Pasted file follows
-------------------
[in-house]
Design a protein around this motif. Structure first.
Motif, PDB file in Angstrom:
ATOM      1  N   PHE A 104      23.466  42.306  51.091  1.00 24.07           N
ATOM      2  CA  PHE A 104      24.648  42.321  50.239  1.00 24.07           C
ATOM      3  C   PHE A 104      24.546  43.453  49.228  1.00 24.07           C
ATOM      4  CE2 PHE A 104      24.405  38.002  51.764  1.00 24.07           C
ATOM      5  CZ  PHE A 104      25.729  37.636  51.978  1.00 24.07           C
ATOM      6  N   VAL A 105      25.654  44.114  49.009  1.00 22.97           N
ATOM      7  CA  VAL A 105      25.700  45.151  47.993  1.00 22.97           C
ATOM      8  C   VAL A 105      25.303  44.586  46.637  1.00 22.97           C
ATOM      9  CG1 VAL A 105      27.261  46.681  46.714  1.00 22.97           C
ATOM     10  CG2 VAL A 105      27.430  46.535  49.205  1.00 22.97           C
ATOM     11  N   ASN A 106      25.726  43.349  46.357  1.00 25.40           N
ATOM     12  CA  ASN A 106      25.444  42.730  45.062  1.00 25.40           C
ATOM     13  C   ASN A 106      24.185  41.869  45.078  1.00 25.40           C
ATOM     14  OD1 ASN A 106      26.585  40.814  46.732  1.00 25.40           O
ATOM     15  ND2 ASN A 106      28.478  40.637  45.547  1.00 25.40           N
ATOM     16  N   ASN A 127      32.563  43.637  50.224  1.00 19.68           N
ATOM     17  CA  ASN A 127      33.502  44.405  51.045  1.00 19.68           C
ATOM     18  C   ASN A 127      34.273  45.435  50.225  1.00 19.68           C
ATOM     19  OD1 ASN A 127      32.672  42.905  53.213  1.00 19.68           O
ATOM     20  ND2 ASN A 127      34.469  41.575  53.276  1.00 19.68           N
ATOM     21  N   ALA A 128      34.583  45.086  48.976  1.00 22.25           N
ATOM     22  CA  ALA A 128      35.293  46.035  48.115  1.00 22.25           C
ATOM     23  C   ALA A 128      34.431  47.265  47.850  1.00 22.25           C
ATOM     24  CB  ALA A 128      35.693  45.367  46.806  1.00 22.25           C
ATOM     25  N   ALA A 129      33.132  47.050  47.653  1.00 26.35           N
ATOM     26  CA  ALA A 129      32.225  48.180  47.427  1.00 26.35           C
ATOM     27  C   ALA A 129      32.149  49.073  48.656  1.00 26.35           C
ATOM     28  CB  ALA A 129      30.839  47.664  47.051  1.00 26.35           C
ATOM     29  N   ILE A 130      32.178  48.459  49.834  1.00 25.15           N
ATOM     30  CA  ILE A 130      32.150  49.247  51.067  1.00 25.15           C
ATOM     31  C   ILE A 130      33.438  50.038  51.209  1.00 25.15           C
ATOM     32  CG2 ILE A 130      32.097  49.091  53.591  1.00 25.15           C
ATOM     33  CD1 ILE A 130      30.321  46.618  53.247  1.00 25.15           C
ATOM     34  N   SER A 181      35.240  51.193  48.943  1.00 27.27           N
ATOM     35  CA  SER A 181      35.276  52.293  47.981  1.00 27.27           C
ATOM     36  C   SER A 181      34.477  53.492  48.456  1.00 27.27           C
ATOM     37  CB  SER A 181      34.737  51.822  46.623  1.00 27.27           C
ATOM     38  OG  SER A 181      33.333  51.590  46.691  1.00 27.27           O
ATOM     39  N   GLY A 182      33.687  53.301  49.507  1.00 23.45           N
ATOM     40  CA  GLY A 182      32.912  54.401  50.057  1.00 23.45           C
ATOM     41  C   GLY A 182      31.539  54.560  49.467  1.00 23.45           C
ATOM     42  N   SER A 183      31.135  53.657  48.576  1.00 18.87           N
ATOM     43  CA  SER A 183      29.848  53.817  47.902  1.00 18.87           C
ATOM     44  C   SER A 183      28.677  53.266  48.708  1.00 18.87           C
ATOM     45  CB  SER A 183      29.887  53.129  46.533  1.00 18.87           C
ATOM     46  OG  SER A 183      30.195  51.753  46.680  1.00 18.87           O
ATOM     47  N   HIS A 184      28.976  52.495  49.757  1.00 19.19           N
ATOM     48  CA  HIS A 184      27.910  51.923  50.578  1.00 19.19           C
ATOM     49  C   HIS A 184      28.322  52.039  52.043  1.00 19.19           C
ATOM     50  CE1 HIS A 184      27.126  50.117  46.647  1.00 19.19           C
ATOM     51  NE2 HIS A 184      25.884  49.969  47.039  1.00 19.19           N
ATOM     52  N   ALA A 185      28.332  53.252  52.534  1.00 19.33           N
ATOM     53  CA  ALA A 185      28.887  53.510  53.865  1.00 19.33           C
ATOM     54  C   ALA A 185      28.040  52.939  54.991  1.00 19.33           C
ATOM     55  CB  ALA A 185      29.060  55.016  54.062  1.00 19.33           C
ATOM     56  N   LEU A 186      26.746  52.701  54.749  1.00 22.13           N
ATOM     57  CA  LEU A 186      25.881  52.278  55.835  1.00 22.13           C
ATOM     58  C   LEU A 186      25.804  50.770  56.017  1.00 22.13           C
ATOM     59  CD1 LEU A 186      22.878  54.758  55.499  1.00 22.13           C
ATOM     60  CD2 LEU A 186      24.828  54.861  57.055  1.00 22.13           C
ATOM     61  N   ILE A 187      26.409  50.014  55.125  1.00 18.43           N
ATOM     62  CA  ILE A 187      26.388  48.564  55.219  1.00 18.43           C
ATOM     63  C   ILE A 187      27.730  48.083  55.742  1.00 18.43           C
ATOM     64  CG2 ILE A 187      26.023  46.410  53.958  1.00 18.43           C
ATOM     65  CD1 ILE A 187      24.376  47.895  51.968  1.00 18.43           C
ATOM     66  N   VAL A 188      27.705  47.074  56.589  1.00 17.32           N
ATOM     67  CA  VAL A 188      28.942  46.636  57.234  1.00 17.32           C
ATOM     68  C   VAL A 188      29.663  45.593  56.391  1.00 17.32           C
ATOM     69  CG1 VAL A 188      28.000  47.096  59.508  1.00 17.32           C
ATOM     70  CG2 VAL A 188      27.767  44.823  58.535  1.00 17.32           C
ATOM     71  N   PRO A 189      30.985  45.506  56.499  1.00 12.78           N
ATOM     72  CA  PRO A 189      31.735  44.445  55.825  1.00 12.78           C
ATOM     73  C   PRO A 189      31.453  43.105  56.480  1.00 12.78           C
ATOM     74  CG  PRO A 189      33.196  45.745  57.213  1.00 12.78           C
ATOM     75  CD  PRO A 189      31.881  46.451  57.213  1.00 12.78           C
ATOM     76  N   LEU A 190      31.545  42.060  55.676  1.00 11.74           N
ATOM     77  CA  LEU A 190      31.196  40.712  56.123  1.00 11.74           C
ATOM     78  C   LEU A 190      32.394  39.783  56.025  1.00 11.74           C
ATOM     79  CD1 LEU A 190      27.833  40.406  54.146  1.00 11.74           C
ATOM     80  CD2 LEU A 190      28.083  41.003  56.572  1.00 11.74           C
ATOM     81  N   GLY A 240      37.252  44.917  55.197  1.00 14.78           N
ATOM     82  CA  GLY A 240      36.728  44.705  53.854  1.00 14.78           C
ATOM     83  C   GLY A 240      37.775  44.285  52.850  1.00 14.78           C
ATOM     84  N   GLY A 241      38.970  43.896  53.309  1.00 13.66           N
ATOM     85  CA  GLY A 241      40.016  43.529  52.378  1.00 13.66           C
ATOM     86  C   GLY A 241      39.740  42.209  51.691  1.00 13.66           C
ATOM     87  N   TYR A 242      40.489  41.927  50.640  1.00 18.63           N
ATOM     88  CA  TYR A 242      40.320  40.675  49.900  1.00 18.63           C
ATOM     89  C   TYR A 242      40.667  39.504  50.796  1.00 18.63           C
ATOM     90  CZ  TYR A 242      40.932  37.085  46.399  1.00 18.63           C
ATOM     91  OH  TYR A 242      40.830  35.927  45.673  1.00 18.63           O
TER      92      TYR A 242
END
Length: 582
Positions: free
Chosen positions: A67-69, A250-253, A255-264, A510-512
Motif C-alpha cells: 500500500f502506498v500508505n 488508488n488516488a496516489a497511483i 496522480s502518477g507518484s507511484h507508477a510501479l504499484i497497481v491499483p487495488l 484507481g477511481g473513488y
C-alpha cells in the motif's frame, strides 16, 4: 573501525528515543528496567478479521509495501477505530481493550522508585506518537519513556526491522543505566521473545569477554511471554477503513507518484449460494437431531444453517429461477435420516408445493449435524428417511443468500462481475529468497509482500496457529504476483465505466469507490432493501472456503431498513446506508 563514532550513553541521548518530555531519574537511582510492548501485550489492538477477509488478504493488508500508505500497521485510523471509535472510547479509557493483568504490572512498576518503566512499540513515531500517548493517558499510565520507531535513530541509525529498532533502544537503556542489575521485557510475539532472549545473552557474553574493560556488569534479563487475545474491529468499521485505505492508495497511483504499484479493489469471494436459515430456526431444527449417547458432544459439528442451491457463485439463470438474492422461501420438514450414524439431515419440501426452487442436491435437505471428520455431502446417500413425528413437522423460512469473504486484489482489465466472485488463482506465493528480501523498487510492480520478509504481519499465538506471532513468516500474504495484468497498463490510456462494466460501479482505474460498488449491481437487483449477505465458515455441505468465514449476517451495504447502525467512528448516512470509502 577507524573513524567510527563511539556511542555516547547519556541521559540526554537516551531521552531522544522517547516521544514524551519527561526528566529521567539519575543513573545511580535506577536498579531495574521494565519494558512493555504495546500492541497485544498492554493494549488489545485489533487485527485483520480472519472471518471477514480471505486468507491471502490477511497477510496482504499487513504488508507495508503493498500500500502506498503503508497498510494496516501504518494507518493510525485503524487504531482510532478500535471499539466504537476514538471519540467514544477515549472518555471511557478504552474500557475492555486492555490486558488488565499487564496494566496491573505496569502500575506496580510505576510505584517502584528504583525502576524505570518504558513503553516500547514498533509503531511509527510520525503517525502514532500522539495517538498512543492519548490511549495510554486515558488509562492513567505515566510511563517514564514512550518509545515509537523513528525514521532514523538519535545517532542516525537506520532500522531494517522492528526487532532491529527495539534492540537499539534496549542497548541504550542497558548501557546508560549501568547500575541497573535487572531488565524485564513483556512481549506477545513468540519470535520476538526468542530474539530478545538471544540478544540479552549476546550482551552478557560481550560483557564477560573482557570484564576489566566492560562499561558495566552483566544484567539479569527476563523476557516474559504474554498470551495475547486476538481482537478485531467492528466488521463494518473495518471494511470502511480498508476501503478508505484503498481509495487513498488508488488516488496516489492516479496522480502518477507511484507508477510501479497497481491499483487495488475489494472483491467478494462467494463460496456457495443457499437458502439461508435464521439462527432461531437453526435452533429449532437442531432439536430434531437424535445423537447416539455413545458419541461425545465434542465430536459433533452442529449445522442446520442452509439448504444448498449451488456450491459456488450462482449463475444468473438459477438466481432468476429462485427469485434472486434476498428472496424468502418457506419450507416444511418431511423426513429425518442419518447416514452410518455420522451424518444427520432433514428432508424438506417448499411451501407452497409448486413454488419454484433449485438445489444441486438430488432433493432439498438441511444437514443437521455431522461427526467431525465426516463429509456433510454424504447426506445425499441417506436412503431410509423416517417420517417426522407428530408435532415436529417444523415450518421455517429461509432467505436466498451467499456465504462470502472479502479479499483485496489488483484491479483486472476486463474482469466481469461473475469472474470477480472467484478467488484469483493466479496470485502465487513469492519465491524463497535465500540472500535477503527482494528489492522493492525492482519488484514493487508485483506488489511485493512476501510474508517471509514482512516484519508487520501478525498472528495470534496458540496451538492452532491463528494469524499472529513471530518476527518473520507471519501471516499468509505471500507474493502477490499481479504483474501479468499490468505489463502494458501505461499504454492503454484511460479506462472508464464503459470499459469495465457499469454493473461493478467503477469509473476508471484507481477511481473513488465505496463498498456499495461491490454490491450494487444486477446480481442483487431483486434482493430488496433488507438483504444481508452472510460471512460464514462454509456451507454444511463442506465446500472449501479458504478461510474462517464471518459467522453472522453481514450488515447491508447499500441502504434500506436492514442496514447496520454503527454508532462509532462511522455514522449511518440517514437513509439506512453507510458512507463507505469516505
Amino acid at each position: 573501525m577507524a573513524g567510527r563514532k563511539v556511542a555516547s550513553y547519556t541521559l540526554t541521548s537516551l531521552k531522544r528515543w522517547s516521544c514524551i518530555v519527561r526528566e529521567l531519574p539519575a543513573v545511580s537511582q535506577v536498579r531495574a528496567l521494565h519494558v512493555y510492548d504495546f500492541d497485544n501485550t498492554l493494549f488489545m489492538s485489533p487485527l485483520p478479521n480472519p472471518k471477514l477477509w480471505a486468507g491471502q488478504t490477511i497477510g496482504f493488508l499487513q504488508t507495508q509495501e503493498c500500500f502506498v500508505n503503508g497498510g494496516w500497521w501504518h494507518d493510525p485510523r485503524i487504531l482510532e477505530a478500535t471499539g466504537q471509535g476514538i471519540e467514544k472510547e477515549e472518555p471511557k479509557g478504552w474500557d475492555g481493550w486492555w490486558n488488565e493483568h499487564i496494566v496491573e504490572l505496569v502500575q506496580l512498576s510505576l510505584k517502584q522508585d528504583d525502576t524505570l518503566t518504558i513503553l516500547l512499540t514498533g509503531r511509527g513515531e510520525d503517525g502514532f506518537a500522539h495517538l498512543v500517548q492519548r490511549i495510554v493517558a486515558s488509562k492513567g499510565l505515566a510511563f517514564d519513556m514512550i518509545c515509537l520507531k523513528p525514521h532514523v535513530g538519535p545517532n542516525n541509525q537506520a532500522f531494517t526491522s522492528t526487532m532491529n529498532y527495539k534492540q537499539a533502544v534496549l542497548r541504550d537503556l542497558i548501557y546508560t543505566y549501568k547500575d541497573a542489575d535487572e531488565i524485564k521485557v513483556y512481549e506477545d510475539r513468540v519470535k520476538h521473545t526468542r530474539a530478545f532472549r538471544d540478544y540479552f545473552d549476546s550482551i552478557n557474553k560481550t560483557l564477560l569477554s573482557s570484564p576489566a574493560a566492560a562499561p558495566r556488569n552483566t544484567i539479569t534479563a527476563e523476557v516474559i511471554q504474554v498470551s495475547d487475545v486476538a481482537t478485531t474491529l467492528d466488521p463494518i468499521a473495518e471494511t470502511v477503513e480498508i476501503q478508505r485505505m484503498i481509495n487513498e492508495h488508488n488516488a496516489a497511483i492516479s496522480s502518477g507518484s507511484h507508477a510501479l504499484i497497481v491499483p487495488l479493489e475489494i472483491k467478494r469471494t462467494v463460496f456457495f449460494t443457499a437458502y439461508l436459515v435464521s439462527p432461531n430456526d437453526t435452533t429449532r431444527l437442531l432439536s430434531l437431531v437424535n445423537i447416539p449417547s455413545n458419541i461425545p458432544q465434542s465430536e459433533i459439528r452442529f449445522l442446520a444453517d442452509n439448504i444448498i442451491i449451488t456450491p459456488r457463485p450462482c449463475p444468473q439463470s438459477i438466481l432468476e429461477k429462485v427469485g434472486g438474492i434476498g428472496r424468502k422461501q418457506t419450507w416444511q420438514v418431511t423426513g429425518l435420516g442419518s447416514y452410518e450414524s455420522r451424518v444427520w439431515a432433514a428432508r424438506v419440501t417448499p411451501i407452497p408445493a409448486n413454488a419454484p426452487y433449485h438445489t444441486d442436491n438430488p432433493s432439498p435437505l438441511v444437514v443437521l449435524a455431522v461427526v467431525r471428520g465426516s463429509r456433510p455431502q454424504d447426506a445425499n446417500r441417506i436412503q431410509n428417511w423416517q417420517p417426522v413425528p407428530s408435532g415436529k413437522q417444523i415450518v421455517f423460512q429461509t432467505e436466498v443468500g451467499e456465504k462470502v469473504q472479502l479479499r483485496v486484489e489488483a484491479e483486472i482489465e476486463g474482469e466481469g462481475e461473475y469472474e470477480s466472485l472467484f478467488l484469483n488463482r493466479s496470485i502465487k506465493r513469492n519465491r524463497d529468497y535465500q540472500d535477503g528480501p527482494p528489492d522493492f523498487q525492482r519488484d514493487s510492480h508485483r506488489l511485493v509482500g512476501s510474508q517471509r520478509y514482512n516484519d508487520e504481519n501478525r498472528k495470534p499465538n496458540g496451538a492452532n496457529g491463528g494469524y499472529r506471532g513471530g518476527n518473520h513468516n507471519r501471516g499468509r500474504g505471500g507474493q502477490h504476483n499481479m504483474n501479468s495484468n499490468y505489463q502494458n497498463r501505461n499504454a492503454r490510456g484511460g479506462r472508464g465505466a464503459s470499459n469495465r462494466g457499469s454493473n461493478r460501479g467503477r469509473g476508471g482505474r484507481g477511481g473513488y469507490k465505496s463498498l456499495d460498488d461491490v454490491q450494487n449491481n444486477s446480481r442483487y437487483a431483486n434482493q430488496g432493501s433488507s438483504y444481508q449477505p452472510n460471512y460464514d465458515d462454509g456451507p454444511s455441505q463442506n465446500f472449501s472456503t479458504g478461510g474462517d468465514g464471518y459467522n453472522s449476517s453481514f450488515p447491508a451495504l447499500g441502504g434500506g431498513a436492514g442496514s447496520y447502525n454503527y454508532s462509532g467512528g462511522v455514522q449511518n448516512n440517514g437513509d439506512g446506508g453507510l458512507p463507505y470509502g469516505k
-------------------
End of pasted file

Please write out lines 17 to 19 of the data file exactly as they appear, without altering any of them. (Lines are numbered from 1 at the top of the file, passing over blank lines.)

ATOM     14  OD1 ASN A 106      26.585  40.814  46.732  1.00 25.40           O
ATOM     15  ND2 ASN A 106      28.478  40.637  45.547  1.00 25.40           N
ATOM     16  N   ASN A 127      32.563  43.637  50.224  1.00 19.68           N